w/DJ Dyce and WD40
Sun May 25, Common Fire (102 1/2 N 36th St, Fremont), 11:30 pm until sunrise, $15.
Silas Blak of the local hiphop duo Silent Lambs Project has just completed a solo project called Slow Burn, which will be out on May 25. As with Silent Lambs' previous recordings, Slow Burn is a twisted, brooding, and beautifully murky work of art. I recently had the opportunity to ask one of the most complex rappers in our city some very basic questions.
What's the meaning behind the title Slow Burn?
Slow Burn is the name of the album because, as my man Skeme says, my style is really, really slow and yet it has heated messages. And not necessarily messages but perspectives, because I'm not saying anything that anybody else is not saying, I'm just saying it different. What I'm attempting with Slow Burn is to introduce, as the Silent Lamb has always tried to do, a whole new way of looking at things.
Do you make beats? And describe your aesthetic, your sound, if you have one.
I don't make beats, which is a skill I have always admired; as simple as it seems [to create them], it's very complex, so I just leave that to the cats that got the ear for it.... What I look for are dark beats. I like deep chords, strings, and ghostly piano keys. I'm always trying to achieve a dark and profound sound that relates to my raps. I like puzzles and riddles and stuff like that, so that's why I rhyme like that.
I understand that Silent Lambs Project was formed in the Central District in the early '90s--what do you think of that neighborhood now? Is it still important to your crew or has it changed to the point of irrelevance?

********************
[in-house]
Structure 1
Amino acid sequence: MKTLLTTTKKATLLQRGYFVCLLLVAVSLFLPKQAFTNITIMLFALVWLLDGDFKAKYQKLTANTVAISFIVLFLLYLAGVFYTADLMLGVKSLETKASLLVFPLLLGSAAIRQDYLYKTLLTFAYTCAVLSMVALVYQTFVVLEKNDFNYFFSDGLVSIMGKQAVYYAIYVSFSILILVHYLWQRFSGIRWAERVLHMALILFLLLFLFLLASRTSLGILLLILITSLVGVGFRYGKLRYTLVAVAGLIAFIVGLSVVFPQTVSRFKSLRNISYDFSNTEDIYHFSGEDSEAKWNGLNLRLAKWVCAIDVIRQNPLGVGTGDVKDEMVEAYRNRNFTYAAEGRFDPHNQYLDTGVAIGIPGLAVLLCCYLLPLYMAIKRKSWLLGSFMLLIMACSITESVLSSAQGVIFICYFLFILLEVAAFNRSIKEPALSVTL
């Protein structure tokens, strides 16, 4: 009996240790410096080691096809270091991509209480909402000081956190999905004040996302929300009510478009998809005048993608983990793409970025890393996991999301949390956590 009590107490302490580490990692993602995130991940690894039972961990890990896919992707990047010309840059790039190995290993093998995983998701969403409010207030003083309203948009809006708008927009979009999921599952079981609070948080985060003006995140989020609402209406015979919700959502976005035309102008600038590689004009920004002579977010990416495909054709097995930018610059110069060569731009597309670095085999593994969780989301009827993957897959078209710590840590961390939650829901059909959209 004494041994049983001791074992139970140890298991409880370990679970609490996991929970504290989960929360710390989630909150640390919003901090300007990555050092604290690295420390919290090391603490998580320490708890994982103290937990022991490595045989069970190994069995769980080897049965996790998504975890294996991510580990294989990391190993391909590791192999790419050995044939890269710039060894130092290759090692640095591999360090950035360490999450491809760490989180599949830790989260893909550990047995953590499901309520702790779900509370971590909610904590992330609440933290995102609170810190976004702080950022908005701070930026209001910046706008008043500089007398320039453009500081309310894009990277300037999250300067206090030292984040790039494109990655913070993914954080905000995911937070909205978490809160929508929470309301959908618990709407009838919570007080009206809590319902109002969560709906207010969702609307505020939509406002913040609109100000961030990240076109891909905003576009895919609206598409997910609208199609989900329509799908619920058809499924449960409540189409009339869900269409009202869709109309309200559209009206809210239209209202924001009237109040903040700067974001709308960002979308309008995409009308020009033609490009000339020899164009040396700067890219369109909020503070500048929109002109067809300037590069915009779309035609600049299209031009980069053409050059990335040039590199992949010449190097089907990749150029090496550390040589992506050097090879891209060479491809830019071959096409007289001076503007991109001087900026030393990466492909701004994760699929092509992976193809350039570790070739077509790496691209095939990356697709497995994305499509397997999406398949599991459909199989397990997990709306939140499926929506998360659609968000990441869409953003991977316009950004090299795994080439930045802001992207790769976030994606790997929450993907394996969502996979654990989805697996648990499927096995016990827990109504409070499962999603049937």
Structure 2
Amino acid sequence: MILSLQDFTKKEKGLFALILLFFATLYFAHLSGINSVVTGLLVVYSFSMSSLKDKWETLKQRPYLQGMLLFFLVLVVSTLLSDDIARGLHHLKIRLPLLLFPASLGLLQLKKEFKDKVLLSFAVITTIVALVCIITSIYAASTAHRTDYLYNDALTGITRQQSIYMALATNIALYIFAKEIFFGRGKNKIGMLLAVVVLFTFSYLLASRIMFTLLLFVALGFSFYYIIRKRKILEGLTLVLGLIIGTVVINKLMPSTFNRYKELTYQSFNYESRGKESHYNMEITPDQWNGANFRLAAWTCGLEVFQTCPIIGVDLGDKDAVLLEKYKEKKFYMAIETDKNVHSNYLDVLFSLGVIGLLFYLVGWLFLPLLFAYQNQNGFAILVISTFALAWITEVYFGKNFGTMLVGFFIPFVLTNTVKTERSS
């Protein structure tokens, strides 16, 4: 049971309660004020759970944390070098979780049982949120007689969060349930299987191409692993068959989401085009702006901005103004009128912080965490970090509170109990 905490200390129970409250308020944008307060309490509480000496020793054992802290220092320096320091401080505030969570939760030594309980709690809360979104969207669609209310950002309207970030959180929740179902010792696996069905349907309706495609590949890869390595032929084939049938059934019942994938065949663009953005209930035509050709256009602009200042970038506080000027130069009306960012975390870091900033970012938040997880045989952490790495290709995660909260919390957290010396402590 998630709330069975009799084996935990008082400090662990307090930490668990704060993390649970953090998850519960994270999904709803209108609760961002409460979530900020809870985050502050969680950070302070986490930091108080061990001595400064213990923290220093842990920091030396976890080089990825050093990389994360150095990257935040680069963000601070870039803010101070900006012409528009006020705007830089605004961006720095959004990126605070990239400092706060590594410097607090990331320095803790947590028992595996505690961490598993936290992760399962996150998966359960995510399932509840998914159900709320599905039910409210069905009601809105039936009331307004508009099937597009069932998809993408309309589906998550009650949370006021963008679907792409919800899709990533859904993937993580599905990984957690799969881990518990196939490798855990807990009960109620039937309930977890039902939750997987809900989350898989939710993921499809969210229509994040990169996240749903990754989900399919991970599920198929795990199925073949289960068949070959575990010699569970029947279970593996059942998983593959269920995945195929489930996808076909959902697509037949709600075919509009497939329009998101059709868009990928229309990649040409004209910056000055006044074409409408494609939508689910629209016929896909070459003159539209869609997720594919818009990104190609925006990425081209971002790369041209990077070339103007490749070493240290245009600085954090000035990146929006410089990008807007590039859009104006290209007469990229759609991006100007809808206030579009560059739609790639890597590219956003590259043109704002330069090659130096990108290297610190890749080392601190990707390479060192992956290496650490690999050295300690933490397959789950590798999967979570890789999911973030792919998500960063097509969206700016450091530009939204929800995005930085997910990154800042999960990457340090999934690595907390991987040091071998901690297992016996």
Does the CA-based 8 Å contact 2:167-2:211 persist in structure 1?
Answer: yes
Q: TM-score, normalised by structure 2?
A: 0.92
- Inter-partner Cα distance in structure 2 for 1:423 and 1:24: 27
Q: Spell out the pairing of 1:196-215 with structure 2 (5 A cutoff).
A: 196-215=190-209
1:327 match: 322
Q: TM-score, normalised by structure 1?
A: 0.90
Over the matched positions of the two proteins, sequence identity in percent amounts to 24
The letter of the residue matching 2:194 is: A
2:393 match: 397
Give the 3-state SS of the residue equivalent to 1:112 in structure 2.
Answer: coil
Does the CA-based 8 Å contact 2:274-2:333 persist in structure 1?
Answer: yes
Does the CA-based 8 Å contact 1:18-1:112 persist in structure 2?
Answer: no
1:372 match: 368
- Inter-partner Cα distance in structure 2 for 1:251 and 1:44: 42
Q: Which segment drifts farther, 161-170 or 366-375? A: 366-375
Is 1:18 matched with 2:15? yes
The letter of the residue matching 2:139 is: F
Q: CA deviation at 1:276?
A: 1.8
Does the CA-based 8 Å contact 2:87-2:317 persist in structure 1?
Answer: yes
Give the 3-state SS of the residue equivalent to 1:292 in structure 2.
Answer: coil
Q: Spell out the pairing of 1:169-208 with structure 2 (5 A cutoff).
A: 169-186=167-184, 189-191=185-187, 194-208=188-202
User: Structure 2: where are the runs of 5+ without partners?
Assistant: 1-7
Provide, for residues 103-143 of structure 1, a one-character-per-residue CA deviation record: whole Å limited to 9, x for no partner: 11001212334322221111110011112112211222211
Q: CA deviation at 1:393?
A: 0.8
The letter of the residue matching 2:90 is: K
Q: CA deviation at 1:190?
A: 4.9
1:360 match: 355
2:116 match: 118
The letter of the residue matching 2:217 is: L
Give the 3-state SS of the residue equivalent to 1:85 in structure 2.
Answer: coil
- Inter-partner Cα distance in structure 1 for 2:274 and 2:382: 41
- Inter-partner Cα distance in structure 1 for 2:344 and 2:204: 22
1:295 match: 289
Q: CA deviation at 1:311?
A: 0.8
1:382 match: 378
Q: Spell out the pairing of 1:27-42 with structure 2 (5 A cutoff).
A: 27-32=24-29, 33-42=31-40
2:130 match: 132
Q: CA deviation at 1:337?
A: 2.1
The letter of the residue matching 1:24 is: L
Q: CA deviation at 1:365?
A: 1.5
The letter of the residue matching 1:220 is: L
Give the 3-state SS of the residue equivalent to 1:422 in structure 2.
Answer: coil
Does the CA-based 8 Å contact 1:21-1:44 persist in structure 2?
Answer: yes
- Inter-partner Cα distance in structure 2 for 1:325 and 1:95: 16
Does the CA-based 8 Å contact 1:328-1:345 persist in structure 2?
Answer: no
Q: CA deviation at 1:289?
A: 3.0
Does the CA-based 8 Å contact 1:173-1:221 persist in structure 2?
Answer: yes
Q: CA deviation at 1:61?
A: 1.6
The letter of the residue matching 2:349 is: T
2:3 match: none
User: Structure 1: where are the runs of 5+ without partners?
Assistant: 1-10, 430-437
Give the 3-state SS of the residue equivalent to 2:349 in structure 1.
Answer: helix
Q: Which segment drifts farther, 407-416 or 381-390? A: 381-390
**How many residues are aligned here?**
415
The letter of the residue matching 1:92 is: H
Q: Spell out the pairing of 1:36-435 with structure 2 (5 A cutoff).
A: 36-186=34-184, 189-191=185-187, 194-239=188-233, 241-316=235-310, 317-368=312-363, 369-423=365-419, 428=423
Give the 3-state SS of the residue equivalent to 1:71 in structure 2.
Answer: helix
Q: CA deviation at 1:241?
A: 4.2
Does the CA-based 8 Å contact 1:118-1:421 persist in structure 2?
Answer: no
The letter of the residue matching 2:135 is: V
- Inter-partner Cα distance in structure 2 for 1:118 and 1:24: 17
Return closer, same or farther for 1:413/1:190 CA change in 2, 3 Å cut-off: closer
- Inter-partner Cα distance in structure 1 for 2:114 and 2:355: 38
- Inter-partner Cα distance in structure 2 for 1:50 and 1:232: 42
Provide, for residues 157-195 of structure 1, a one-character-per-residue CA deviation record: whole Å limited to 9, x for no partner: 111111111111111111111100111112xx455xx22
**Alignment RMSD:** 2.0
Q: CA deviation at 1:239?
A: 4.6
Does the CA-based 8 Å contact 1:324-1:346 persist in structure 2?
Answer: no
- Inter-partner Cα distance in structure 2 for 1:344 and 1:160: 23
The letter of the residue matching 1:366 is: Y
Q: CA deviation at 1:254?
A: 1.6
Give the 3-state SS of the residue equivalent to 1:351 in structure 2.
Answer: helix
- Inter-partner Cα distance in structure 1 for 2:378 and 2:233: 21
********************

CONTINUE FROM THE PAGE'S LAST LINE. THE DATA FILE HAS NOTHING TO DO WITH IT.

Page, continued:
It's the first time I've really called it the Central District--we used to call it the C.D. See, and that in itself is really deep; it shows the way the whole area has changed. It's evident to anyone that comes through there that the area is not what it was. It's actually been taken, somewhat like a hostile takeover, because it wasn't but 10 years ago when I could go through there and see about 10, 15 brothers on the corner--whether they was waiting on the bus or waiting to cross the street or hanging out. Now those people are further south, and it's not because they wanted to go, it's just because the rent all of the sudden went up.
The C.D. used to be where all the MCs lived and performed, especially at the Langston Hughes Center; Vitamin D, Tribal Productions, Source of Labor, Maniac B--many cats that I know honed their skills at Langston Hughes. And if it wasn't Langston Hughes, it was one of the blocks in the C.D., or Judkins Park. In fact that's where I first met Seattle hiphop, at Judkins Park, at a barbecue that had a hiphop contest with mad brothers.
What's your position on the father of Seattle hiphop, Sir Mix-A-Lot?
I'm from North Carolina, and we used to hear the dude's tape and it was like watching a show on TV that you know is mad stupid but you just can't help but watch this shit. It was just like: I can't believe this cat got away with this "Buttermilk Biscuits." Where I'm from, cats was amazed, we was amazed! When I got to Seattle, I went straight to Broadway, like, "Man, Broadway gotta be the hot shit because of this dude's song 'Posse on Broadway.'" But it wasn't all that.
What's in the future for Silent Lambs Project?
We got a lot of big plans for the way we're going to continue to present our music and get our information out. Seattle should stop fronting on what we do, and find ways to just deal with us. But you know, there ain't no stopping what we are gonna do. There's no way to stop it because we didn't create it. We just jumped on this particular wave and noticed it for what it was and appreciated it. And you know, other people are going to go onto other waves, new trains of thought, and start creating even more crazy shit. We just want to be part of these revolutions in hiphop.